1. Aversion of the taste; dislike, as of food or drink; disrelish.
2. Discomfort; uneasiness.
Prosperity is not without many fears and distastes, and adversity is not without comforts and hopes. --Bacon.
3. Alienation of affection; displeasure; anger.
On the part of Heaven,
Now alienated, distance and distaste. --Milton.
Syn: -- Disrelish; disinclination; dislike; aversion; displeasure; dissatisfaction; disgust.
Dis·taste, v. t. [imp. & p. p. Distasted; p. pr. & vb. n. Distasting.]
1. Not to have relish or taste for; to disrelish; to loathe; to dislike.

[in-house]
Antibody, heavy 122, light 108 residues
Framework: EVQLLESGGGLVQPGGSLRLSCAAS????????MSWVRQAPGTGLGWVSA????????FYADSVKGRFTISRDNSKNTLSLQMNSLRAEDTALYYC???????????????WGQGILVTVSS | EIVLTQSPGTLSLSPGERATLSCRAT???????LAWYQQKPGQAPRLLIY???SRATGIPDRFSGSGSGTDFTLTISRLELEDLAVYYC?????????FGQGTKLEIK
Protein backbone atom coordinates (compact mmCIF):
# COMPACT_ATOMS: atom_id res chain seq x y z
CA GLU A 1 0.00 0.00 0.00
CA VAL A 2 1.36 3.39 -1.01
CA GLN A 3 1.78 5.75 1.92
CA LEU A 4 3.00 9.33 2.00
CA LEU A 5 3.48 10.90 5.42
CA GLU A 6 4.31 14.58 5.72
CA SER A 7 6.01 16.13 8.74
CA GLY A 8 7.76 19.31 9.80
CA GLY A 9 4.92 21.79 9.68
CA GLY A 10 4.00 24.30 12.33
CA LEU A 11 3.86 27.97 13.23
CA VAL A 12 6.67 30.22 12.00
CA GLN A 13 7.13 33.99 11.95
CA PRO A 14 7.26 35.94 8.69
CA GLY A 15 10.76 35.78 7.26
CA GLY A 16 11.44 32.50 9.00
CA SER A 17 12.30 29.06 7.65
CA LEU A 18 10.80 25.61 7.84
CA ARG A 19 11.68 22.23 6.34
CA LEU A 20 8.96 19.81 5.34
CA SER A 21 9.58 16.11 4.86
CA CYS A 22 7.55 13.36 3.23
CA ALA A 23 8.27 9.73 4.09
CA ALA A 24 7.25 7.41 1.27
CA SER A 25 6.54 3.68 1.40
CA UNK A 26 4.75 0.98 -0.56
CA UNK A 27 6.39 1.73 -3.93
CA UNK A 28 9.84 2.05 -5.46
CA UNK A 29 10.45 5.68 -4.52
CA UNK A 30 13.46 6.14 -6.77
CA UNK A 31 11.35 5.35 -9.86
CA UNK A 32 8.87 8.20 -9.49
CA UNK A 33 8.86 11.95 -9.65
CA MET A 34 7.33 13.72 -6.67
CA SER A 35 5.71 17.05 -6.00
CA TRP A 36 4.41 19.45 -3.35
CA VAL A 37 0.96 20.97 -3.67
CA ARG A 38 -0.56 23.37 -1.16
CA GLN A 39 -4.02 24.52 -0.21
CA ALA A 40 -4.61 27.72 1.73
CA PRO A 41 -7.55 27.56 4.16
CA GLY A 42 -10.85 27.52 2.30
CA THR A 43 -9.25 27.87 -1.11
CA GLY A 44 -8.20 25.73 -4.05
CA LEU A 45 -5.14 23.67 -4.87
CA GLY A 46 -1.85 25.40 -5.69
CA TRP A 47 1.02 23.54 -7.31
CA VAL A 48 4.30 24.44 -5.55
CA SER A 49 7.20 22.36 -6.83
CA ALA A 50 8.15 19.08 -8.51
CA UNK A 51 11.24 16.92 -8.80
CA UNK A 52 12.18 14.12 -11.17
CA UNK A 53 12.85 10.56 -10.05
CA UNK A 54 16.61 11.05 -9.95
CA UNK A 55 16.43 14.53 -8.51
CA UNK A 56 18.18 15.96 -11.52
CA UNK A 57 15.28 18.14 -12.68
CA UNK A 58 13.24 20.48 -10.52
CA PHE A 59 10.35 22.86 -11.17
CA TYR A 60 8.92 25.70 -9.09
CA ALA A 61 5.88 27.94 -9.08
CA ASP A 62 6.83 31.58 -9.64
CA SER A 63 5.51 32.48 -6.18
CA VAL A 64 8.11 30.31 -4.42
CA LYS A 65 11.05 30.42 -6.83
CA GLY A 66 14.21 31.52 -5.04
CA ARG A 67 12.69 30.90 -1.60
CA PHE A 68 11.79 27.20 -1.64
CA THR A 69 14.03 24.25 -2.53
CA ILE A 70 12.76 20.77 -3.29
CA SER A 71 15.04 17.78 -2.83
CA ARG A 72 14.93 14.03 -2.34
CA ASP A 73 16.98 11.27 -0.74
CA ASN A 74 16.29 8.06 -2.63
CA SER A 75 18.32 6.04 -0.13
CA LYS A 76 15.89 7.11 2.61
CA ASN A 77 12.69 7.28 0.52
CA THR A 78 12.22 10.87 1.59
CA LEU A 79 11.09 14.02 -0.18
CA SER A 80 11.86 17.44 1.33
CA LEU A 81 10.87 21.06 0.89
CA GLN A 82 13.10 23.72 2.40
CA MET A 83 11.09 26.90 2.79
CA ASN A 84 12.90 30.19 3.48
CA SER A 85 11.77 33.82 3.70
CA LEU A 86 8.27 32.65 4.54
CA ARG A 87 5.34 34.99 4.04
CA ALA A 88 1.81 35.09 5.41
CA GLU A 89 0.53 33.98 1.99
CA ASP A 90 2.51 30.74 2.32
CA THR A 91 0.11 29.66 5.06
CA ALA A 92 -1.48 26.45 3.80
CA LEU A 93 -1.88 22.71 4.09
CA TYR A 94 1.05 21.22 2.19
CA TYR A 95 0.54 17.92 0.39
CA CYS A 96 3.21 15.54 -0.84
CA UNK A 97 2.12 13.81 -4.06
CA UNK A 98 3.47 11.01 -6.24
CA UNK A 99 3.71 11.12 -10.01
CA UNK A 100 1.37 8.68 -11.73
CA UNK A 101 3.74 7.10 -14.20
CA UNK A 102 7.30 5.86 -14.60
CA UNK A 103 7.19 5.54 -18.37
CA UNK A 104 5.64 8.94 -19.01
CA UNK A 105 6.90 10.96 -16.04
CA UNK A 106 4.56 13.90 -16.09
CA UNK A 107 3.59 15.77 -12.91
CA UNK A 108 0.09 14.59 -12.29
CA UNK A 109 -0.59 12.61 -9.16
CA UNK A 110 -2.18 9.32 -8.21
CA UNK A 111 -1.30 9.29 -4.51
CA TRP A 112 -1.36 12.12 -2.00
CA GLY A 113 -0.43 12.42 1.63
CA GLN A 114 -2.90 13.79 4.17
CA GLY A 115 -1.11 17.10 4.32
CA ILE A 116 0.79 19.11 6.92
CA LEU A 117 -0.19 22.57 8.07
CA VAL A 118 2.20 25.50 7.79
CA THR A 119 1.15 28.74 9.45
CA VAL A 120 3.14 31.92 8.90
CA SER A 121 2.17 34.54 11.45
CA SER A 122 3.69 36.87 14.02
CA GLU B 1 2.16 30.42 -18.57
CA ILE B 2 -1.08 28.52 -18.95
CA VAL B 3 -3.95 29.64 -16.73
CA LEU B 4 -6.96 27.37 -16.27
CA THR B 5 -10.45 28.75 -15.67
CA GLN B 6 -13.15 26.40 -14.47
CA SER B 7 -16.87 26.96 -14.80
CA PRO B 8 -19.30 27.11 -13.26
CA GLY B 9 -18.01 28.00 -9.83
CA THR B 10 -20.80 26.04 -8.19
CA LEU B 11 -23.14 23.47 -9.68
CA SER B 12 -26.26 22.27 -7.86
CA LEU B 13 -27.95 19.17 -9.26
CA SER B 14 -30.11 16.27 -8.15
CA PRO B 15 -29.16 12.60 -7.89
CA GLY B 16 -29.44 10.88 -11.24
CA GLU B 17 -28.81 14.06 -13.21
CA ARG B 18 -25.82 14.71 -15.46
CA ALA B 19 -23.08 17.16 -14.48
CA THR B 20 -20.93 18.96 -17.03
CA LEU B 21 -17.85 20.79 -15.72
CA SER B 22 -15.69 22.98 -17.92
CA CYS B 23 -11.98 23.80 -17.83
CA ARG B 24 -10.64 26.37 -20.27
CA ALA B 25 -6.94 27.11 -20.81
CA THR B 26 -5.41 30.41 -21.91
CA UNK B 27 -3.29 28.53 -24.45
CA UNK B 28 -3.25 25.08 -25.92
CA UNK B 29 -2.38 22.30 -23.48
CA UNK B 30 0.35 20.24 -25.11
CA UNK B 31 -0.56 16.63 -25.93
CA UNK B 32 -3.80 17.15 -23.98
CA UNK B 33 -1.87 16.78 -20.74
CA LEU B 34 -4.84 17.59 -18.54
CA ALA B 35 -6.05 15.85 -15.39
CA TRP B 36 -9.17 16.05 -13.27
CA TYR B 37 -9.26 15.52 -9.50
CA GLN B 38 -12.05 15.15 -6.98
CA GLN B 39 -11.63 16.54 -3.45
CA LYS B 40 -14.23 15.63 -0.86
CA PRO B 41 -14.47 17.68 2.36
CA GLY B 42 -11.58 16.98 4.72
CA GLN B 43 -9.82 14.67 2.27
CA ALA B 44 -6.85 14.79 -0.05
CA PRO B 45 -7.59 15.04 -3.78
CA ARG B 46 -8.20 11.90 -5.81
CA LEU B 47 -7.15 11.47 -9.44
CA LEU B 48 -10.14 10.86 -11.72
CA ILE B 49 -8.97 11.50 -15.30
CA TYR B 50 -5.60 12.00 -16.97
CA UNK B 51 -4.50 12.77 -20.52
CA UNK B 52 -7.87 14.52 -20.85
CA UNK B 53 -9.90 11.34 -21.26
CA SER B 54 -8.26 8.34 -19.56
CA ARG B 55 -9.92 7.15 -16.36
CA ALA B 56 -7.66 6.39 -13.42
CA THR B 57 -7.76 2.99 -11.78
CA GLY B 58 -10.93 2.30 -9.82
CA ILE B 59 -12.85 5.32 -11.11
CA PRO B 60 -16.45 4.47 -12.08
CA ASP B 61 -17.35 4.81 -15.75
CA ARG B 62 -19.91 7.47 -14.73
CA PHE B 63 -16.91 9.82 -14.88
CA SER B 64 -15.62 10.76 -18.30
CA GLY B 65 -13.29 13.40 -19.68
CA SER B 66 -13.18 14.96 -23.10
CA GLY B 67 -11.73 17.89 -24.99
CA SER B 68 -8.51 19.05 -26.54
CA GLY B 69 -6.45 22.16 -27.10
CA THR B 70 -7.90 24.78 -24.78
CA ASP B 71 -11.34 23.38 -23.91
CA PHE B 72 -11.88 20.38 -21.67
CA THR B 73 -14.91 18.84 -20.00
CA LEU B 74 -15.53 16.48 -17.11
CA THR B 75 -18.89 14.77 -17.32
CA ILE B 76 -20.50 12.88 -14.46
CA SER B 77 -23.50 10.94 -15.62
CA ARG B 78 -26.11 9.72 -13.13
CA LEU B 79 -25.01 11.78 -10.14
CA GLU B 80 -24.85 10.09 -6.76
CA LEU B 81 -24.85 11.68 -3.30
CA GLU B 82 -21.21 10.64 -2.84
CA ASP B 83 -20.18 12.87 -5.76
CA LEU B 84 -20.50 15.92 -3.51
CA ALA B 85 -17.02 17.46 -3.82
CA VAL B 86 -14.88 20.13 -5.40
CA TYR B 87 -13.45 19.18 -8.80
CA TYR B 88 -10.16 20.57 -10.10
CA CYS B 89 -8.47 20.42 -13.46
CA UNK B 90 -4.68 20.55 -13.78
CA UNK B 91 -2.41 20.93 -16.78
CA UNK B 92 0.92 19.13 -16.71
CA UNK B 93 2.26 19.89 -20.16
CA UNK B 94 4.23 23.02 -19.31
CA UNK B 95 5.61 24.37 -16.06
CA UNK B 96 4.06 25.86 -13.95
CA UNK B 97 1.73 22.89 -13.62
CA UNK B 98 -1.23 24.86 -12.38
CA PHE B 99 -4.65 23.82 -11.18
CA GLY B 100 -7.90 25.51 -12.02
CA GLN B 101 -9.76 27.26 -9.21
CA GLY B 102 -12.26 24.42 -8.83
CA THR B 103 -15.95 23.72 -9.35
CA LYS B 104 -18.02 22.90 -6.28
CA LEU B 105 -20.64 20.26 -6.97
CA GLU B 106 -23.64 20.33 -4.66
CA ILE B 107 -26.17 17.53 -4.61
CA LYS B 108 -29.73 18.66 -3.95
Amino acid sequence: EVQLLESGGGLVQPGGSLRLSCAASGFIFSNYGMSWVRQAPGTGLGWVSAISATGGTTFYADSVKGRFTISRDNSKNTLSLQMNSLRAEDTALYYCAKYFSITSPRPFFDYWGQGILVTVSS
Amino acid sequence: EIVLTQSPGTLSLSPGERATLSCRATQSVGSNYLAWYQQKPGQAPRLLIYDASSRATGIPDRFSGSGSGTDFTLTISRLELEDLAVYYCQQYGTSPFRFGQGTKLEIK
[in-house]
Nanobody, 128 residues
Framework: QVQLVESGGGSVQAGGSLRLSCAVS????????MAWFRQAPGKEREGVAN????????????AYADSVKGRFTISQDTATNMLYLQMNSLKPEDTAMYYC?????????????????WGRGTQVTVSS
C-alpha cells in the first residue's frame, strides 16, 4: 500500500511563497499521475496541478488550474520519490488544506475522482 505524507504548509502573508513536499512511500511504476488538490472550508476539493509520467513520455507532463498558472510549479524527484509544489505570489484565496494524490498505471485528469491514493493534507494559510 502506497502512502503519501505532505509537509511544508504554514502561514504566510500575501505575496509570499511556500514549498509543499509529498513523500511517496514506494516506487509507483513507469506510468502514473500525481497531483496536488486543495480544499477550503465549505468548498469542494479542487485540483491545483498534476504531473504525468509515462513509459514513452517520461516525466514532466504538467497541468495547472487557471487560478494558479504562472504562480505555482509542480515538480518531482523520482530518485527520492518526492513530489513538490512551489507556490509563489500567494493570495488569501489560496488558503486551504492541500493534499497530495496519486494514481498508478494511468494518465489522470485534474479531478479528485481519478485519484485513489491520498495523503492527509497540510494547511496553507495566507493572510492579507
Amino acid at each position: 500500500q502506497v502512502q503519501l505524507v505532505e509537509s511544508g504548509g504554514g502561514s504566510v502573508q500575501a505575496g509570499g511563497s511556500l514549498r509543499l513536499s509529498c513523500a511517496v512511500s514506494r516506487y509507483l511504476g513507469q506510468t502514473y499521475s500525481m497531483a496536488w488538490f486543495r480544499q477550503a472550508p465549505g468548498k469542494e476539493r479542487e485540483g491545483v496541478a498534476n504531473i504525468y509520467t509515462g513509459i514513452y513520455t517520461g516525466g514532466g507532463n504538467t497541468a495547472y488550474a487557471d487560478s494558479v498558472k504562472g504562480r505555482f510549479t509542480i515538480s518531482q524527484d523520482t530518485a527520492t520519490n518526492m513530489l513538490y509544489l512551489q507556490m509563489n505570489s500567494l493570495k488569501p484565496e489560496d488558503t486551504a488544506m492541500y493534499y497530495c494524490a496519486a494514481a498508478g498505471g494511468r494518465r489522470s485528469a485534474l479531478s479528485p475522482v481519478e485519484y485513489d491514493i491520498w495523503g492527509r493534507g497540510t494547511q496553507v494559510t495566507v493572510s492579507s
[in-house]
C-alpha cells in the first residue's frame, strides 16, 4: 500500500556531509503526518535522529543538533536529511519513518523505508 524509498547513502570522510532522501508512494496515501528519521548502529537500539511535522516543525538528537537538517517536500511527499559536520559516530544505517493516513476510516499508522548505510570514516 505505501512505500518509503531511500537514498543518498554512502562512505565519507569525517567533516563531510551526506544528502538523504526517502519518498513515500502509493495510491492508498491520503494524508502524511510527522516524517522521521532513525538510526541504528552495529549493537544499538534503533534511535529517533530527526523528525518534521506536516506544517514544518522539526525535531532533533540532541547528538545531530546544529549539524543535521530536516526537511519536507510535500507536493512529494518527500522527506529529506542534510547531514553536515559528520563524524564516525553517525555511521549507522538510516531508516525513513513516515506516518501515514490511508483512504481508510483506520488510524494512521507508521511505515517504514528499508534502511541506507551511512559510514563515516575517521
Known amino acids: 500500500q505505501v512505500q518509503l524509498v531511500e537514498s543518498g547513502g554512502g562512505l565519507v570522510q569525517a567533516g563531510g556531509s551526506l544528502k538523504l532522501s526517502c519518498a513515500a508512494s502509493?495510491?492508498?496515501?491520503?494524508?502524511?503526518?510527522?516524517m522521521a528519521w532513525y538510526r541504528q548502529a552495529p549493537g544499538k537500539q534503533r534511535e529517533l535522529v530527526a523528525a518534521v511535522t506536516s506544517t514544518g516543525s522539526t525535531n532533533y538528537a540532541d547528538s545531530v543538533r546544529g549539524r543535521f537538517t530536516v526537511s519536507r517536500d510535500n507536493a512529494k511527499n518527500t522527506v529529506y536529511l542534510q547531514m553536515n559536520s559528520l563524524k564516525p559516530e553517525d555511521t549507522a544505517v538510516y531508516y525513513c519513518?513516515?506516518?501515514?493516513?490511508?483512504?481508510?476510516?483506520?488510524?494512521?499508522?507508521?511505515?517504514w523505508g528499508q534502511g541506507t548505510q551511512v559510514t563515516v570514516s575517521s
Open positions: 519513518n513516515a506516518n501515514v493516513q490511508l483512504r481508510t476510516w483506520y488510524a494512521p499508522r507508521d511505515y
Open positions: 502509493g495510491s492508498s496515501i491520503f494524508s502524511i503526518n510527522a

Although my will distaste what it elected. --Shak.
2. To offend; to disgust; to displease. [Obs.]
He thought in no policy to distaste the English or Irish by a course of reformation, but sought to please them. --Sir J. Davies.
3. To deprive of taste or relish; to make unsavory or distasteful.
Dis·taste v. i. To be distasteful; to taste ill or disagreeable. [Obs.]
Dangerous conceits are, in their natures, poisons,
Which at the are scarce found to distaste. --Shak.
n : a feeling of intense dislike [syn: antipathy, aversion]